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Abstract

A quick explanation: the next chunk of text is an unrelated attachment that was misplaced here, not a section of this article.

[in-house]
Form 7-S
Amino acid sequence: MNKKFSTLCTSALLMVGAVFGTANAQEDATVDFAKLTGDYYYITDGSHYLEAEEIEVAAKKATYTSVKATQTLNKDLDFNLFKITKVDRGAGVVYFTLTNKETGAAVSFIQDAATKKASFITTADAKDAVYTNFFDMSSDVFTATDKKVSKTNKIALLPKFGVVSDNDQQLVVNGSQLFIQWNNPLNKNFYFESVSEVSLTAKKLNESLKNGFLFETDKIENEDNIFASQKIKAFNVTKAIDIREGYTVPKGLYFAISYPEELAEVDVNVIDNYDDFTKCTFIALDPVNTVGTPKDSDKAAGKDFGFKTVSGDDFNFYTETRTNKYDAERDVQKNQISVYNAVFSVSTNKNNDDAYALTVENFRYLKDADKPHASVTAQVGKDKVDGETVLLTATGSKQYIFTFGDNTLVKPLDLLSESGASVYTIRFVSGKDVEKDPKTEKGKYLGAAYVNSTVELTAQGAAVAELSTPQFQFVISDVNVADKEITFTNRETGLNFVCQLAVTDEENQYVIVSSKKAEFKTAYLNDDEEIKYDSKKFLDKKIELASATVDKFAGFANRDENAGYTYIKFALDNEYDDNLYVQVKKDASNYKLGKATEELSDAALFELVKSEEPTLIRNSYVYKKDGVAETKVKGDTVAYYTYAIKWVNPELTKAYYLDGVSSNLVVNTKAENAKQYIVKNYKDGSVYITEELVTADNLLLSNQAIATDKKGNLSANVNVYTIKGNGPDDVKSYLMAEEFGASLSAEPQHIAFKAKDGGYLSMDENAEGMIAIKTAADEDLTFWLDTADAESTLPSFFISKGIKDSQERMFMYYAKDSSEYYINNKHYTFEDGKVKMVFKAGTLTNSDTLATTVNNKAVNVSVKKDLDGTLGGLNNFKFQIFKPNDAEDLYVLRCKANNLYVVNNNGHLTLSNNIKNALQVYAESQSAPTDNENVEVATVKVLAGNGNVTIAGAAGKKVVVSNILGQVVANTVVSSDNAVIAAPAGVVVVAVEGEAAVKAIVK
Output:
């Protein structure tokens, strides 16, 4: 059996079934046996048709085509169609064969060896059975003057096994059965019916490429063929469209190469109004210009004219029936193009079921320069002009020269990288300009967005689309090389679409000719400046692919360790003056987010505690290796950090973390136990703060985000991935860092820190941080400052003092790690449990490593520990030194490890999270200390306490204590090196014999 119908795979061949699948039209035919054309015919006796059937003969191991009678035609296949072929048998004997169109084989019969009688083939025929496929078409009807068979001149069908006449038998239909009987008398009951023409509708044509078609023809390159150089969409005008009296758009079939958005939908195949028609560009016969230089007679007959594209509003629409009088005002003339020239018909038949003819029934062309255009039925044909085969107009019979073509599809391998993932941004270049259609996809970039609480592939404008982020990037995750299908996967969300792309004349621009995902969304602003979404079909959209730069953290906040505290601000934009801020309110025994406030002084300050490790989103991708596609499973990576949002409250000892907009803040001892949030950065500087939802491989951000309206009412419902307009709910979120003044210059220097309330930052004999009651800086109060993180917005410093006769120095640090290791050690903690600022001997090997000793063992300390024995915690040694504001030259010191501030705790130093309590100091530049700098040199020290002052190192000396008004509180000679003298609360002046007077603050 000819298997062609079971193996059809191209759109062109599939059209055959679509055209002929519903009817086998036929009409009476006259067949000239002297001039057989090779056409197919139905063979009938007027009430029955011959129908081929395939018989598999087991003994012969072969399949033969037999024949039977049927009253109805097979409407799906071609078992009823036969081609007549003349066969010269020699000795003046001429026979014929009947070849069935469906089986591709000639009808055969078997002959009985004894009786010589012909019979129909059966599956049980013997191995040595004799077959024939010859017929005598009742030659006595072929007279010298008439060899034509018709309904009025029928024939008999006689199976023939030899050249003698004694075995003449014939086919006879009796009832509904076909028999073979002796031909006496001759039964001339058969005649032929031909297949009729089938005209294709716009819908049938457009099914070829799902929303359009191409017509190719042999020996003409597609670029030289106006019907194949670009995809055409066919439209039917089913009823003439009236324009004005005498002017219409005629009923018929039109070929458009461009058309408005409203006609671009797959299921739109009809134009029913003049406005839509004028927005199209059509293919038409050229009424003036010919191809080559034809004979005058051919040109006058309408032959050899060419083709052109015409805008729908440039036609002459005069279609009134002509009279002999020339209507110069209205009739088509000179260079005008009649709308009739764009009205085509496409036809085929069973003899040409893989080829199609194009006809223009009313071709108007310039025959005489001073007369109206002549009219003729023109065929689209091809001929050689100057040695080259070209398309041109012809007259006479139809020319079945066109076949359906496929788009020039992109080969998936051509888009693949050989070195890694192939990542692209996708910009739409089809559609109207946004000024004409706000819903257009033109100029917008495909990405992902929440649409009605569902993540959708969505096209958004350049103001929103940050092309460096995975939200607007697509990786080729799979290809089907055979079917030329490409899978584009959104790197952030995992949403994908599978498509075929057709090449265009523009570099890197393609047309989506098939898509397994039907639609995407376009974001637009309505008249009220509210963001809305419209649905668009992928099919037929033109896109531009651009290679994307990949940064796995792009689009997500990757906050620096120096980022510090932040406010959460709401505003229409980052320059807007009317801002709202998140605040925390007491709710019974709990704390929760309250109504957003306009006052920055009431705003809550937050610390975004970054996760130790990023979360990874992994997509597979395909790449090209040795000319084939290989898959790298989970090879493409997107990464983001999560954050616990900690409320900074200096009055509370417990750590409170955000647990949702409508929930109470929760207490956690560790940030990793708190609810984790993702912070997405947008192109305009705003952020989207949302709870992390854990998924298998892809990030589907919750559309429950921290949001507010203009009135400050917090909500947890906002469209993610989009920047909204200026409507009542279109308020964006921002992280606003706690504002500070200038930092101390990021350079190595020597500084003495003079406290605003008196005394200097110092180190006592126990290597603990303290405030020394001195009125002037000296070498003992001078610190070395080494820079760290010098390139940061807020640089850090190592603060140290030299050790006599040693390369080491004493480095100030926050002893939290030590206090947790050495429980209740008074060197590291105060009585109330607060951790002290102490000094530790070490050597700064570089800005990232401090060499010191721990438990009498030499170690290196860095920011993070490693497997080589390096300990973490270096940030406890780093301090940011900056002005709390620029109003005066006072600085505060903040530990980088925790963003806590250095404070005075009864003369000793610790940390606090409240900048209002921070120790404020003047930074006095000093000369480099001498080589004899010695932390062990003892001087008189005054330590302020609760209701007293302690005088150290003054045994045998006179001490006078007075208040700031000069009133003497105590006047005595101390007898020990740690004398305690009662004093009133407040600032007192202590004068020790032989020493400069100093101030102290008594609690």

Liver regeneration after partial hepatectomy is accompanied by altered hepatic intermediary metabolism. Because the organochlorine compound mirex also causes liver cell growth, the purpose of this study was to investigate hepatic carbohydrate and oxygen metabolism in perfused livers from mirex-treated rats and to localize cell proliferation in this model. Pretreatment with mirex (100 mg/kg, intragastrically) increased liver/body weight ratios and DNA synthesis in livers of fed rats, effects that were markedly diminished in livers of fasted rats. This finding shows that liver growth caused by mirex, as is the case after partial hepatectomy, is hindered when animals are deprived of food. Furthermore, perfused livers from mirex-treated rats had depleted glycogen stores but significantly elevated oxygen uptake compared with livers from control rats. Increases in oxygen uptake and hepatocellular proliferation were observed mostly in periportal regions of the liver lobule. In regenerating livers, most DNA synthesis was reported to also occur in these regions of the liver lobule. Taken together, these data show that liver cell growth caused by mirex is accompanied by changes in hepatic intermediary metabolism and sublobular proliferation similar to those observed after partial hepatectomy. (HEPATOLOGY 1991;13:1229–1234.)